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Winterborne Valley and Milton Abbas Benefice Diary – See Benefice Diary for more events

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BCP = Book of Common Prayer | S-BCP = No Music -Book of Common Prayer | Celtic = Earthy and poetic with music

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Turnworth

St Mary’s Church - Turnworth Dorset
Main Street
Turnworth,
Dorset

DT11 0EE

Turnworth

St Mary’s

Turnworth, Dorset, DT11 0EE.

Contacts

John Tory – Churchwarden & Treasurer – 01258 453491 Jenny Tory – PCC Secretary – 01258 453491

Winterborne Valley and Milton Abbas Benefice Diary – See Benefice Diary for more events in Turnworth

 

Two Services a month

2nd Sunday – Morning Worship: 10 am
4th Sunday – Holy Communion: 6pm
View Service Details

 

Facilities

No toilet facilities as yet.

 

 

Turnworth Calendar – September 2019

Sun 22
St Mary’s Church - Turnworth Dorset

Holy Communion

Sun 22nd September 6:00 pm
Oct 13
St Mary’s Church - Turnworth Dorset

Morning Worship

Sun 13th October 10:00 am
Oct 27
St Mary’s Church - Turnworth Dorset

Holy Communion

Sun 27th October 6:00 pm
Nov 10
St Mary’s Church - Turnworth Dorset

Morning Worship

Sun 10th November 10:00 am

About the Village

Church History and Interesting Facts

“Full of Beauty” – Thomas Hardy

An early postcard of Turnworth Church, viewed from the backgarden of the Rectory.

In 1086 in the Domesday Book Turnworth was recorded as Torneworde. It had 19 households, was in Pimperne Hundred and the lord and tenant-in-chief was Alfred of ‘Spain’.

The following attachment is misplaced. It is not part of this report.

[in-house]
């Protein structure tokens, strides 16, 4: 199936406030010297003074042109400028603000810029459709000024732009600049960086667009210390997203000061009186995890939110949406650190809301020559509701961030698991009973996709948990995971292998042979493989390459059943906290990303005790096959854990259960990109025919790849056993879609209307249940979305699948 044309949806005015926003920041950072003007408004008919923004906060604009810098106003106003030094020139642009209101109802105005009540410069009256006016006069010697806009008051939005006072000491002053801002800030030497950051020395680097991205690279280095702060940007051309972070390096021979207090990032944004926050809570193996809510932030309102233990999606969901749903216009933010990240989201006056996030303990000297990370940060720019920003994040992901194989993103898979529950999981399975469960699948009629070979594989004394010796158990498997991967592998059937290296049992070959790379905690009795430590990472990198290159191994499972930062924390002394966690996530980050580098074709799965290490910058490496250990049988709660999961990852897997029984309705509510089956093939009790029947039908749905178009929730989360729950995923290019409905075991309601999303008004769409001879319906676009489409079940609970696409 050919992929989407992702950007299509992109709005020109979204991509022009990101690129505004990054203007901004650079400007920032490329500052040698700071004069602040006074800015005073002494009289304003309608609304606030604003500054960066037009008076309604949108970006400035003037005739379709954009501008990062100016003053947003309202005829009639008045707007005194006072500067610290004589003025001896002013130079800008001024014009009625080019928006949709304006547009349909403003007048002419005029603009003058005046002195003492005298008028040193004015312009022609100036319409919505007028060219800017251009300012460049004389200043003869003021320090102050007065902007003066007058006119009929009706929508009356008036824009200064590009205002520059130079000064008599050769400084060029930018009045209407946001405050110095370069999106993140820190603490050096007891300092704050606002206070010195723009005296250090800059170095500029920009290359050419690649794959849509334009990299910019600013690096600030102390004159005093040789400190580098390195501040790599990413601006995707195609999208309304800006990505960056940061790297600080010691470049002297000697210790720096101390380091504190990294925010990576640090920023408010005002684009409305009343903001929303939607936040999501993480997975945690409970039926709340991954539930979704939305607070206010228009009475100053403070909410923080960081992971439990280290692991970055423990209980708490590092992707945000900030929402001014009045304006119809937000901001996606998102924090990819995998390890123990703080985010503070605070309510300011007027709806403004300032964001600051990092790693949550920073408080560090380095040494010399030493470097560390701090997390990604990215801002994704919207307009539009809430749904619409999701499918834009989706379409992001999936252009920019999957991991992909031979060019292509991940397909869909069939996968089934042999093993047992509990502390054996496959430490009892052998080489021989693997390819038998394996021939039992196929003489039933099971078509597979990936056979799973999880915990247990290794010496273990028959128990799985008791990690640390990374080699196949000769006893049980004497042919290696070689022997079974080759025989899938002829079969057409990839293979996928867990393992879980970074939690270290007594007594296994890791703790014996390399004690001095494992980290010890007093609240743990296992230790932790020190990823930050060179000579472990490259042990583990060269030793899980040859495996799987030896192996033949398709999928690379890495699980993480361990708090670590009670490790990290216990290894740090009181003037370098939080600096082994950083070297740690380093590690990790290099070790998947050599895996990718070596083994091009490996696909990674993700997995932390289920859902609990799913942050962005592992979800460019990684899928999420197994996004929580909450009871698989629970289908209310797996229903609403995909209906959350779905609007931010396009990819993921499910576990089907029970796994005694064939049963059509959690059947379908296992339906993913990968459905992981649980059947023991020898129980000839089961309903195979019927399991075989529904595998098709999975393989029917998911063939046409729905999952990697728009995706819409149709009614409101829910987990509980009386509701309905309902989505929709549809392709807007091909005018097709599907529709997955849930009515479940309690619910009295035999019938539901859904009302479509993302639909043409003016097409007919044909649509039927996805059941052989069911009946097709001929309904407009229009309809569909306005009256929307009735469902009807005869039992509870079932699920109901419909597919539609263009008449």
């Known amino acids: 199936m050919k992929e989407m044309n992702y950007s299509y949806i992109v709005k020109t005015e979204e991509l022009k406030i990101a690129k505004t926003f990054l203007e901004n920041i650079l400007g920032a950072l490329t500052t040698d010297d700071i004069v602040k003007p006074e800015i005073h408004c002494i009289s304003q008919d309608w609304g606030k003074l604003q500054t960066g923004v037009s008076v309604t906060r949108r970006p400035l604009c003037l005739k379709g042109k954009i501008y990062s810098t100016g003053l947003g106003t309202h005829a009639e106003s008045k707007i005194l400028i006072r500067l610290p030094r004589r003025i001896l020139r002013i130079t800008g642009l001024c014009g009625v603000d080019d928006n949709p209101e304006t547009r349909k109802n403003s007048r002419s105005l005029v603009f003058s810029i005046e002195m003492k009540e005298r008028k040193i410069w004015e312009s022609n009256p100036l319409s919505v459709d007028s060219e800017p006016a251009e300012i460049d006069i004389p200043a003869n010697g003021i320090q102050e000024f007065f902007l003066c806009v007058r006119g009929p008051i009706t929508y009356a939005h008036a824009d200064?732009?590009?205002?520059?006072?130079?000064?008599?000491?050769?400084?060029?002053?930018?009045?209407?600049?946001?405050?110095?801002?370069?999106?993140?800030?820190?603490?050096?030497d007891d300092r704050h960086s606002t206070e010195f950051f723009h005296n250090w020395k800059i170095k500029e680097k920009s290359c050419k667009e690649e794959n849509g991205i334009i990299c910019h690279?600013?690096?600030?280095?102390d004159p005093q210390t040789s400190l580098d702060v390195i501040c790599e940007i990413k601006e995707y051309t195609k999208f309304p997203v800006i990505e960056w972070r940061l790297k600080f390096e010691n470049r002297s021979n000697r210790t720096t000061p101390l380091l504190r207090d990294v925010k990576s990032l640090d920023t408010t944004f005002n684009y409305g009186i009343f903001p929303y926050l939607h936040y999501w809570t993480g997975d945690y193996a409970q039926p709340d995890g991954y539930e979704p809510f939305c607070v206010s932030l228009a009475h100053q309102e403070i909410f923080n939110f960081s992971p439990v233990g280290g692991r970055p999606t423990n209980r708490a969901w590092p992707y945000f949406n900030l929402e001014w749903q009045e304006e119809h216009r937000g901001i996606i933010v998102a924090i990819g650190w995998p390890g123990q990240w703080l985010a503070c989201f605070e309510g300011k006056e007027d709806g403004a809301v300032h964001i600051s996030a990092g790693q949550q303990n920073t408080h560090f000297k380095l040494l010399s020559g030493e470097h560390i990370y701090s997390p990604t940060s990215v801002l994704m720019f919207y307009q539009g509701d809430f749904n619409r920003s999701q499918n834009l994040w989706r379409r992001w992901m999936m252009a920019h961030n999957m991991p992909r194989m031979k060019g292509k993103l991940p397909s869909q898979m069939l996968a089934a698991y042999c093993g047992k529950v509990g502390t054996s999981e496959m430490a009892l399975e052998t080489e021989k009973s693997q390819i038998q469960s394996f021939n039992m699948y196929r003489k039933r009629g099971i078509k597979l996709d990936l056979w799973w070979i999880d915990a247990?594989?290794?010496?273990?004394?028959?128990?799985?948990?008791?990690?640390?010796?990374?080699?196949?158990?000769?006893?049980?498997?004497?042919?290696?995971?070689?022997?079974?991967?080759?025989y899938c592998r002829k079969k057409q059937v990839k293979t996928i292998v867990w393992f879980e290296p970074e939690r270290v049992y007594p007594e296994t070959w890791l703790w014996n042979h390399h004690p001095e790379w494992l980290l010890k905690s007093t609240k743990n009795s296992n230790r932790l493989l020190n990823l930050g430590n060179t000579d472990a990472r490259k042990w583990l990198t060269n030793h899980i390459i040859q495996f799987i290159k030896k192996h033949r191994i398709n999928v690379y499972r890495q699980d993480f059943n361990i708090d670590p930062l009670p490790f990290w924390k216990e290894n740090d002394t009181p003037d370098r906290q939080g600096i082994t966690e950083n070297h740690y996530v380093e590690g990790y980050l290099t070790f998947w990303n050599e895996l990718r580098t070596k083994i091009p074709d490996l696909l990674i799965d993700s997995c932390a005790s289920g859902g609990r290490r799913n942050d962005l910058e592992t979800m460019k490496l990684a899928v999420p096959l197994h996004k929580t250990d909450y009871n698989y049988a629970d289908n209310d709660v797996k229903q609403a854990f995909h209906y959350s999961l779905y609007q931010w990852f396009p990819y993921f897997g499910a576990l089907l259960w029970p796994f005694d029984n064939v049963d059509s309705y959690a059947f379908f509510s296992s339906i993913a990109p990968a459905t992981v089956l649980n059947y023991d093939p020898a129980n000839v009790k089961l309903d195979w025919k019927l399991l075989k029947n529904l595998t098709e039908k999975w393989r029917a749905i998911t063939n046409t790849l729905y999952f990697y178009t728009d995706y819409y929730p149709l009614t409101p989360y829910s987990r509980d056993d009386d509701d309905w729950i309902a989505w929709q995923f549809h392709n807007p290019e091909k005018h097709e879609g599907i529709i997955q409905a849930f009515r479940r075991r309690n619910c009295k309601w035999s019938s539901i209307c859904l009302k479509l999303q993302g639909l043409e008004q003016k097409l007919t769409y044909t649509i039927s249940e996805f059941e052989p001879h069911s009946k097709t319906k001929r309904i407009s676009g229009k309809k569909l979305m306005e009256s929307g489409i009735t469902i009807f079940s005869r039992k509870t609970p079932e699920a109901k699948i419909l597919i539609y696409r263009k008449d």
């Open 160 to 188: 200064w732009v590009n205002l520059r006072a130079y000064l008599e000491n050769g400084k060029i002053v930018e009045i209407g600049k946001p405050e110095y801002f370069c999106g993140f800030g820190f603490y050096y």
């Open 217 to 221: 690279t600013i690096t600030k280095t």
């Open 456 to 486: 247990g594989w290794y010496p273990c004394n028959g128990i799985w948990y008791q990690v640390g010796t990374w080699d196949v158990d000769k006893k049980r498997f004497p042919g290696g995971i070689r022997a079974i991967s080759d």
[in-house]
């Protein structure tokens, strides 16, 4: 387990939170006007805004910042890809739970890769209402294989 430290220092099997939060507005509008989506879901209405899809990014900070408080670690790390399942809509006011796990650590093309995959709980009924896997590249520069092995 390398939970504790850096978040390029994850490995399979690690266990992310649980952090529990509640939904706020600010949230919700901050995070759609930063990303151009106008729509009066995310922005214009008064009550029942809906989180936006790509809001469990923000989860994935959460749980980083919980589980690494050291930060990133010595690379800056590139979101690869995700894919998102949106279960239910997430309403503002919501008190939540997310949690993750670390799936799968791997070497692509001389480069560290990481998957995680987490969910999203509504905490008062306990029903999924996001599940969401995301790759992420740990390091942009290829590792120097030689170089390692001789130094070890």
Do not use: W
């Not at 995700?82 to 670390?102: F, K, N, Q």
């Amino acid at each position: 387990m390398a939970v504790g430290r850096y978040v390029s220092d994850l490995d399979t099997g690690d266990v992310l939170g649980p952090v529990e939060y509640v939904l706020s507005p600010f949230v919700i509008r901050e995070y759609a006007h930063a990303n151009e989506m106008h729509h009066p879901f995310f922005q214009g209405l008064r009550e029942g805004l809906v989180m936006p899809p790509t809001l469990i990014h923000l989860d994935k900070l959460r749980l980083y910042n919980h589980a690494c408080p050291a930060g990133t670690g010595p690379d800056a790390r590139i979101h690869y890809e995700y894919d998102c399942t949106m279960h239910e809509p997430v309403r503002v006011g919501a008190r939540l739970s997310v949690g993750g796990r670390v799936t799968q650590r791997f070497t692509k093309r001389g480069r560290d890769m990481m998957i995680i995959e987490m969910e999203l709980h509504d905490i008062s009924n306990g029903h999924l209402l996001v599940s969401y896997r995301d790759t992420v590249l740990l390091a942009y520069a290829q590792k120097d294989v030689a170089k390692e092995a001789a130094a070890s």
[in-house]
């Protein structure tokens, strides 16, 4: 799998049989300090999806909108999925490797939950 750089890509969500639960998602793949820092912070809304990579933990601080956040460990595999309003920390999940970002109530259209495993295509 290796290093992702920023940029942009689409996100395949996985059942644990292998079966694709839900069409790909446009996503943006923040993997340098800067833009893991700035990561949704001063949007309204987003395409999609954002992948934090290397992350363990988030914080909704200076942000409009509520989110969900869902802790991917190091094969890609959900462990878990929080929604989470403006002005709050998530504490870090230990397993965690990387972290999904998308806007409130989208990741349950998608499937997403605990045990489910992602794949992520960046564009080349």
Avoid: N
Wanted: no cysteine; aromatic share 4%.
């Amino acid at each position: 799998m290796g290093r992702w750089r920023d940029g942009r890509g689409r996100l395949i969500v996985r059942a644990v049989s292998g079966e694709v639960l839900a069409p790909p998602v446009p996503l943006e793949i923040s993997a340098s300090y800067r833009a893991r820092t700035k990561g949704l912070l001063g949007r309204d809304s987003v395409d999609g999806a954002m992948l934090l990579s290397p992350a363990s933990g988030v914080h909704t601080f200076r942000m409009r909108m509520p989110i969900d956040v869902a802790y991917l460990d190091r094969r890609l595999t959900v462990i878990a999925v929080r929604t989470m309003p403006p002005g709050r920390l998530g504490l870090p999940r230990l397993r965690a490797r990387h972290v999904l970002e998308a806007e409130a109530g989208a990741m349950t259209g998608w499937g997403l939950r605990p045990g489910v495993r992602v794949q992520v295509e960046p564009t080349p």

The church, with the exception of the tower, was rebuilt in the 19th century with assistance from Thomas Hardy, who designed the capitals and possibly also the corbels. Hardy described Turnworth’s position as being “stood in a hole, but the hole is full of beauty”, and he used Turnworth House as the inspiration for Hintock House in his novel The Woodlanders.
The carved stone foliage for the church’s pillars were designed by Thomas Hardy (although the work was done later).

The west tower is c. 1500, of greensand and flint, but the rest was rebuilt in 1868-69 by G. R. Crickmay to a design of John Hicks, after his death. The ornately carved capitals were reputedly designed by Thomas Hardy, who worked for both Hicks and Crickmay before he became a well-known poet and novelist. The ‘capitals’ represent various kinds of foliage inhabited by song birds (including a very striking owl) and sand lizards.
In later life, Hardy was well aquainted with the Rector (Thomas Perkins, a regular contributor of guidebooks to Bell’s Cathedral Series) and apparently used to cycle over from Dorchester to read the lesson at evensong.

Sources:
dorset-churches.org
wikipedia